Friday, June 02, 2006

Portrait of a Man, ca. 1590–1600 El Greco (Domenikos Theotokopoulos) (Greek, 1541–1614)Purchase, Joseph Pulitzer Bequest, 1924 (24.197.1) Metropolitan Musuem of Art, New York
Imagining the soul of a person

jaedon mast - 05.31.2006

chad meyers - 03.21.2006

great uncle paul, ca. 1910s

How does the soul of a person look? Through it’s eyes? It seems as though the eyes of a person are the closest we can get to seeing the neurons of the brain, the seat of the mind, the center of consciousness, the origin of the individual soul. Honesty is found in the eyes. “Look into my eyes,” we say, “and tell me that you love me.” We see the souls of others by looking into their eyes.
Thomas Merton speaks of seeing “with the eyes of my soul wide open.” It is in this state that he realizes he is in the paradise of “simplicity, self-awareness—and self-forgetfulness—liberty, peace.” We become conscious of our souls when we permit (and we are permitted to allow) our souls to be awakened and attuned to the voice of God—to the “inexplicable, quite definite inner certitude of one’s call to obey Him, to hear Him, to worship Him here, now, today, in silence and alone, this is the whole reason for one’s existence, this makes one’s existence fruitful and gives fruitfulness to all one’s other good acts.” This is the ransom and purification of one’s soul, which has been blind, deaf, dead, in sin. This is the joy of imagining, of seeing, the solitary soul.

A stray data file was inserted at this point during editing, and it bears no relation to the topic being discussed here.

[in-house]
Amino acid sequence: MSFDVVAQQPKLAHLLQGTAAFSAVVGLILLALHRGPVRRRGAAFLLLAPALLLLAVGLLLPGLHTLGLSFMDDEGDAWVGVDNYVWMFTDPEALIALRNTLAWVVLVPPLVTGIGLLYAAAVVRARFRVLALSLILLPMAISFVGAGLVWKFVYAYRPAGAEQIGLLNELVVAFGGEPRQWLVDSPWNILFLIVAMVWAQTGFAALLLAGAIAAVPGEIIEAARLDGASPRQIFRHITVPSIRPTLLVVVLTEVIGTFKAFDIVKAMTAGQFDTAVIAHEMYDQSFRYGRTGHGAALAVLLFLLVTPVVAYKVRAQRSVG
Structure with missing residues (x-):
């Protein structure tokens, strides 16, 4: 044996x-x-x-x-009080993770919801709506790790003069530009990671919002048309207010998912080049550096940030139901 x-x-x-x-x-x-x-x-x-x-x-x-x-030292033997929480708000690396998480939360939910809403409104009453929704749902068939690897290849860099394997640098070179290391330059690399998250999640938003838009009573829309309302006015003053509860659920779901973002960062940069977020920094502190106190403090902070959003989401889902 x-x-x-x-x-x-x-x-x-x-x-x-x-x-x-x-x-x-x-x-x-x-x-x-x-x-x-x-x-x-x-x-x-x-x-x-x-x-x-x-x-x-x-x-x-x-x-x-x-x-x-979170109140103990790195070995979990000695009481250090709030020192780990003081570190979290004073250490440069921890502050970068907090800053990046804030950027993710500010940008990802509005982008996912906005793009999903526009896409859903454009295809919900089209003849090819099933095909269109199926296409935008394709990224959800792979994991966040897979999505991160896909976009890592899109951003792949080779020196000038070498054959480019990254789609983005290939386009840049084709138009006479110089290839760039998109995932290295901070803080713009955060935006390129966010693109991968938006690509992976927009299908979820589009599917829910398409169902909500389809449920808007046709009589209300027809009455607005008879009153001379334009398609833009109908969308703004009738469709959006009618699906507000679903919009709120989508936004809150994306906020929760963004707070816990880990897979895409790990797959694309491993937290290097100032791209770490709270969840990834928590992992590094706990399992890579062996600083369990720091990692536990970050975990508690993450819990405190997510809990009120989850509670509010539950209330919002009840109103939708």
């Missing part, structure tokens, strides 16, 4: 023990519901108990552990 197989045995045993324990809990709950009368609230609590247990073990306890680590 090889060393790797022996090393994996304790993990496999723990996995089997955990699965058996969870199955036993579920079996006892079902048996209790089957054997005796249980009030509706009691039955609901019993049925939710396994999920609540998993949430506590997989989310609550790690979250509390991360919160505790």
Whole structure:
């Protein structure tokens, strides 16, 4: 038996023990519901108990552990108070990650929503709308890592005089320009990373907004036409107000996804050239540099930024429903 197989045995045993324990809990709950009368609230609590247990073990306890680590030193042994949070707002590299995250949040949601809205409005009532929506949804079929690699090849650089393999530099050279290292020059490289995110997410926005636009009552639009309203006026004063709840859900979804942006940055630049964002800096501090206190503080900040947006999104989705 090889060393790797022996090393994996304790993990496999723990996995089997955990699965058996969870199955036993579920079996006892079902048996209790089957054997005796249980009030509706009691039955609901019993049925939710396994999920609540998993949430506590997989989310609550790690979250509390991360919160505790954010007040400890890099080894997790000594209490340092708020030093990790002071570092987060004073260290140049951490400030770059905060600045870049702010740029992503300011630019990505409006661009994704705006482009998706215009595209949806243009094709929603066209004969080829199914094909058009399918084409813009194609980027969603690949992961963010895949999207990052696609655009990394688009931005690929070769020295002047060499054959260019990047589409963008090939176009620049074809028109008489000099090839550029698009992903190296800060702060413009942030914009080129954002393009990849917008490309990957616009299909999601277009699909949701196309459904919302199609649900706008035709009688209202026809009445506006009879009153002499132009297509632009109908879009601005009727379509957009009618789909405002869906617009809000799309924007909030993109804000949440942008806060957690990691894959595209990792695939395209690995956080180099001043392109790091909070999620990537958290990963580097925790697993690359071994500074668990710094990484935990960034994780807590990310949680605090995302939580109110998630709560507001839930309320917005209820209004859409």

I realize that a picture is a distortion of a thousand words—a sequence of space-time, but it can also be a framing of an individual world, the freezing of an individual clock. It can allow the subjective self to hover outside of the temporal and the spatial—an eternal moment. These three images were captured within the last three months. The last one however, is an image of an artist’s rendering of the soul of Great Uncle Paul after his body was no longer embodied.


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